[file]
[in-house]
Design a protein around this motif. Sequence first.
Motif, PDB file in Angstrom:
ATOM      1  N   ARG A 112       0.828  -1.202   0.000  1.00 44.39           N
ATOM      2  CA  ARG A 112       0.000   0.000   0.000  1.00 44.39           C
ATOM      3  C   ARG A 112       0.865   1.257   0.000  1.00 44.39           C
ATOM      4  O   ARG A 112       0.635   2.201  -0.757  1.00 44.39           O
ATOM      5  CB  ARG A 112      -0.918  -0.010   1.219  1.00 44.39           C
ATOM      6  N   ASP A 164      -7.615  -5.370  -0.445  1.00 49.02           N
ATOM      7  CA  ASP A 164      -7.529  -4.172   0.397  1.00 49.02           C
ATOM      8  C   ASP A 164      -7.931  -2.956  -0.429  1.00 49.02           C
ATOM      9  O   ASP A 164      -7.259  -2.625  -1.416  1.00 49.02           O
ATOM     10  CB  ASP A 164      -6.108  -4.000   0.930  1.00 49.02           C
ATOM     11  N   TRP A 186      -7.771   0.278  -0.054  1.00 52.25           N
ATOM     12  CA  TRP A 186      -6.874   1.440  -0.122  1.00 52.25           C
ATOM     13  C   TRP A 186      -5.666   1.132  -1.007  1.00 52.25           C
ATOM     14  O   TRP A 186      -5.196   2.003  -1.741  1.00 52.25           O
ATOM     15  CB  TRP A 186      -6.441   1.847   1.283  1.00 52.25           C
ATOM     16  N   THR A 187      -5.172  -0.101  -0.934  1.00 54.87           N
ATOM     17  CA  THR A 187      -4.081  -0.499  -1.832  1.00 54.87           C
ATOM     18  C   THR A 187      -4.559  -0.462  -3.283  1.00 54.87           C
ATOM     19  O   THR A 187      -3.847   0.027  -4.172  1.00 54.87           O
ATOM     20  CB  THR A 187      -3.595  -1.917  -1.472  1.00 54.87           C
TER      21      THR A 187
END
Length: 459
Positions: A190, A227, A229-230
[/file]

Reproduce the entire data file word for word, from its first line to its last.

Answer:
[in-house]
Design a protein around this motif. Sequence first.
Motif, PDB file in Angstrom:
ATOM      1  N   ARG A 112       0.828  -1.202   0.000  1.00 44.39           N
ATOM      2  CA  ARG A 112       0.000   0.000   0.000  1.00 44.39           C
ATOM      3  C   ARG A 112       0.865   1.257   0.000  1.00 44.39           C
ATOM      4  O   ARG A 112       0.635   2.201  -0.757  1.00 44.39           O
ATOM      5  CB  ARG A 112      -0.918  -0.010   1.219  1.00 44.39           C
ATOM      6  N   ASP A 164      -7.615  -5.370  -0.445  1.00 49.02           N
ATOM      7  CA  ASP A 164      -7.529  -4.172   0.397  1.00 49.02           C
ATOM      8  C   ASP A 164      -7.931  -2.956  -0.429  1.00 49.02           C
ATOM      9  O   ASP A 164      -7.259  -2.625  -1.416  1.00 49.02           O
ATOM     10  CB  ASP A 164      -6.108  -4.000   0.930  1.00 49.02           C
ATOM     11  N   TRP A 186      -7.771   0.278  -0.054  1.00 52.25           N
ATOM     12  CA  TRP A 186      -6.874   1.440  -0.122  1.00 52.25           C
ATOM     13  C   TRP A 186      -5.666   1.132  -1.007  1.00 52.25           C
ATOM     14  O   TRP A 186      -5.196   2.003  -1.741  1.00 52.25           O
ATOM     15  CB  TRP A 186      -6.441   1.847   1.283  1.00 52.25           C
ATOM     16  N   THR A 187      -5.172  -0.101  -0.934  1.00 54.87           N
ATOM     17  CA  THR A 187      -4.081  -0.499  -1.832  1.00 54.87           C
ATOM     18  C   THR A 187      -4.559  -0.462  -3.283  1.00 54.87           C
ATOM     19  O   THR A 187      -3.847   0.027  -4.172  1.00 54.87           O
ATOM     20  CB  THR A 187      -3.595  -1.917  -1.472  1.00 54.87           C
TER      21      THR A 187
END
Length: 459
Positions: A190, A227, A229-230